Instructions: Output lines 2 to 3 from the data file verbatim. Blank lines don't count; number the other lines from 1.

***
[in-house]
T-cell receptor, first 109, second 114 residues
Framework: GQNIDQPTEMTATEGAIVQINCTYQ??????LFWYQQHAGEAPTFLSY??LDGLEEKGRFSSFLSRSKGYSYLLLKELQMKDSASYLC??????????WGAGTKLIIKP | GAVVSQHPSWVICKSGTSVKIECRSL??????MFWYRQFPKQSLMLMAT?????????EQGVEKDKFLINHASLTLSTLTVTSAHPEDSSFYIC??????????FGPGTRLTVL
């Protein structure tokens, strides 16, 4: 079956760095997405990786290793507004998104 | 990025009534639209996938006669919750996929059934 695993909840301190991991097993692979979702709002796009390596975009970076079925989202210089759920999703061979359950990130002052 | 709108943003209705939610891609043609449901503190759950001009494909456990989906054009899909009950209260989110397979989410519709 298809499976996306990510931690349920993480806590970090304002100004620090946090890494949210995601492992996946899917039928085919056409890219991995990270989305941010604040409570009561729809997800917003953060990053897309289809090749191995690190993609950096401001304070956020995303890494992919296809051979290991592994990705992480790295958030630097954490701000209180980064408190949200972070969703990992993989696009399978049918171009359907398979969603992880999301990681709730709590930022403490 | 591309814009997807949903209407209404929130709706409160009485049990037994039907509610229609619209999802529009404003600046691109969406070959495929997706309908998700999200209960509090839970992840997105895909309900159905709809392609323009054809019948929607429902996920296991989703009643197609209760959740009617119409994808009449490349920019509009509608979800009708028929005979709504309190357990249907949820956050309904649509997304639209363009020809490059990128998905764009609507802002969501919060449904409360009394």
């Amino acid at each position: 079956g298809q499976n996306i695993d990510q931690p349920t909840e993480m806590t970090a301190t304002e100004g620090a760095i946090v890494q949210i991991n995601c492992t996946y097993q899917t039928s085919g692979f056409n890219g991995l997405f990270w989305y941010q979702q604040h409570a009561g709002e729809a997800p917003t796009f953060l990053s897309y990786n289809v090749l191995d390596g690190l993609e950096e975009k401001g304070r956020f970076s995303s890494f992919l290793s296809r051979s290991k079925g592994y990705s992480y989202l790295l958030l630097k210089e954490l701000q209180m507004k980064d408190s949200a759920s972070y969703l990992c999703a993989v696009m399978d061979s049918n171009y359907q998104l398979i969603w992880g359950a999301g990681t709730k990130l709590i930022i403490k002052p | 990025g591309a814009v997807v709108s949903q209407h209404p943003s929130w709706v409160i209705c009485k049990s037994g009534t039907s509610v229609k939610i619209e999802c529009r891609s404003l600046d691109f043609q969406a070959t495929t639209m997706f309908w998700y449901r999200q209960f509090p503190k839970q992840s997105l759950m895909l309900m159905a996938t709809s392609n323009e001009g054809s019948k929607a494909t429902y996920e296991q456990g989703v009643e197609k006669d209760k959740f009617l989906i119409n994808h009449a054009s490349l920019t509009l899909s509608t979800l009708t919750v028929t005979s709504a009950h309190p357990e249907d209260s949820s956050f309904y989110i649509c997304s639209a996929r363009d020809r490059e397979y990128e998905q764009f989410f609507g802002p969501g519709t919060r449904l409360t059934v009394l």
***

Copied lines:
T-cell receptor, first 109, second 114 residues
Framework: GQNIDQPTEMTATEGAIVQINCTYQ??????LFWYQQHAGEAPTFLSY??LDGLEEKGRFSSFLSRSKGYSYLLLKELQMKDSASYLC??????????WGAGTKLIIKP | GAVVSQHPSWVICKSGTSVKIECRSL??????MFWYRQFPKQSLMLMAT?????????EQGVEKDKFLINHASLTLSTLTVTSAHPEDSSFYIC??????????FGPGTRLTVL